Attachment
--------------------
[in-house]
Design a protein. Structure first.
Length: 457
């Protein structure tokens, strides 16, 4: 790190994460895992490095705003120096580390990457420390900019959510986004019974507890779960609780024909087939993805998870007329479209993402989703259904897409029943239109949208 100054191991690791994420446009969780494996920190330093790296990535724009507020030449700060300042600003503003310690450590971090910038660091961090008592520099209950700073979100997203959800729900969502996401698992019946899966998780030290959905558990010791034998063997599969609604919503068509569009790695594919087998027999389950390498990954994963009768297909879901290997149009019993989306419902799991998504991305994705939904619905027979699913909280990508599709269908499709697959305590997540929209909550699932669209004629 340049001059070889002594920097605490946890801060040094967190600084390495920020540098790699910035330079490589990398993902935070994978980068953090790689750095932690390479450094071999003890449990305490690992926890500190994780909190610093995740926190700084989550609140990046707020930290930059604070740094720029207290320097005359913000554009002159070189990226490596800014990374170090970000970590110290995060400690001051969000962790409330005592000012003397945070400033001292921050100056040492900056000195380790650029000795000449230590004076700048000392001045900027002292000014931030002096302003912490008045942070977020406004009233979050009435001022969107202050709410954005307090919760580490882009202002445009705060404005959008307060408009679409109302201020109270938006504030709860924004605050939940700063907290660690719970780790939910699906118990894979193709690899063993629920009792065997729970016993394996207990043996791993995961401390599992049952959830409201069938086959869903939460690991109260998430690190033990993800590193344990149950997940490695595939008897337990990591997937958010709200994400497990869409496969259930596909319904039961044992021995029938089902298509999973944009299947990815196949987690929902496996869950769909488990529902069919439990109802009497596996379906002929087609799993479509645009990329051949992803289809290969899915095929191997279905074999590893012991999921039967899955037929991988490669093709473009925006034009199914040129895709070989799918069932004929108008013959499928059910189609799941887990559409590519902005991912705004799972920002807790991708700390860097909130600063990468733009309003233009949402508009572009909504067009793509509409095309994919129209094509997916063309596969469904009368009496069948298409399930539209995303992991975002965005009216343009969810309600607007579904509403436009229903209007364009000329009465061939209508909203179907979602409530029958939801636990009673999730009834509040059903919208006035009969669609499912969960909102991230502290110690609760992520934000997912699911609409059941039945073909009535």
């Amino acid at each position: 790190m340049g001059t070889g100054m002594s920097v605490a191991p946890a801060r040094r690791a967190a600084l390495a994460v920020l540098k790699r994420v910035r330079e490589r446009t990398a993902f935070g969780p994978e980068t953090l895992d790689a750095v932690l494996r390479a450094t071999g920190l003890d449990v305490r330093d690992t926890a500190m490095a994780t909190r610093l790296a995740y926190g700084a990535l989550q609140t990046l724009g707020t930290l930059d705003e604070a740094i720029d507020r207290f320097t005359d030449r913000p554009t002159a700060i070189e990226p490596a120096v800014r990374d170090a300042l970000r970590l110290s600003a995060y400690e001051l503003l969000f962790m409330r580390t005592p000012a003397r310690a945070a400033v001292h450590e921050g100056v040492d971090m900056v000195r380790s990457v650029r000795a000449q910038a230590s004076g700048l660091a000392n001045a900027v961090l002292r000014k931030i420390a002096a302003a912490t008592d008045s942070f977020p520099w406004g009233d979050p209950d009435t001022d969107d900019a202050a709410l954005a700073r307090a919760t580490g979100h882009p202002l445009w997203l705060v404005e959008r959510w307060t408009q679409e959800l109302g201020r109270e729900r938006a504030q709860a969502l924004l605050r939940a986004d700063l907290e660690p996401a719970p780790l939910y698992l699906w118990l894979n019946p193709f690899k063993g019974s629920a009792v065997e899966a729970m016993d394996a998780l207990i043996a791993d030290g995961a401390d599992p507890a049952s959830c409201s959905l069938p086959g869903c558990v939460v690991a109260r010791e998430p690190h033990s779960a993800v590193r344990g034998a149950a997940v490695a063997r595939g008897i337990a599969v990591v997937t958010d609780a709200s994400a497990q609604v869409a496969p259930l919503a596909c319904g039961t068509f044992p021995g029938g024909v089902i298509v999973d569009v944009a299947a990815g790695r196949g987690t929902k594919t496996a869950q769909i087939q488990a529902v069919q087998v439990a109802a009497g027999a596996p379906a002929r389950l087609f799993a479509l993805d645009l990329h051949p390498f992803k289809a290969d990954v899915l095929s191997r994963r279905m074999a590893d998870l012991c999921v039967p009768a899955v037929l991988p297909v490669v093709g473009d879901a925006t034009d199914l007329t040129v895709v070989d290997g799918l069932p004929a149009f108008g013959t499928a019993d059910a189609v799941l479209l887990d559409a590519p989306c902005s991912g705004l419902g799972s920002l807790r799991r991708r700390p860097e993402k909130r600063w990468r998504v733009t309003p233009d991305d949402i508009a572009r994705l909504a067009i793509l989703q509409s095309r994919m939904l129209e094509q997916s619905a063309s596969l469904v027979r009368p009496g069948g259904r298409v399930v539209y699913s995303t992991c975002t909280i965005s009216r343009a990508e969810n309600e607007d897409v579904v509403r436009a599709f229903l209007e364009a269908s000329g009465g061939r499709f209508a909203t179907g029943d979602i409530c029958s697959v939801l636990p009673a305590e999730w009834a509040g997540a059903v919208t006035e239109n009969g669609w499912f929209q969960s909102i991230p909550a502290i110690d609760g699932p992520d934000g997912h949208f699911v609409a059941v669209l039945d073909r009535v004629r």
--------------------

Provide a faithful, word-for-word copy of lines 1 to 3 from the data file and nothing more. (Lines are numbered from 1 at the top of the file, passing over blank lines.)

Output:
[in-house]
Design a protein. Structure first.
Length: 457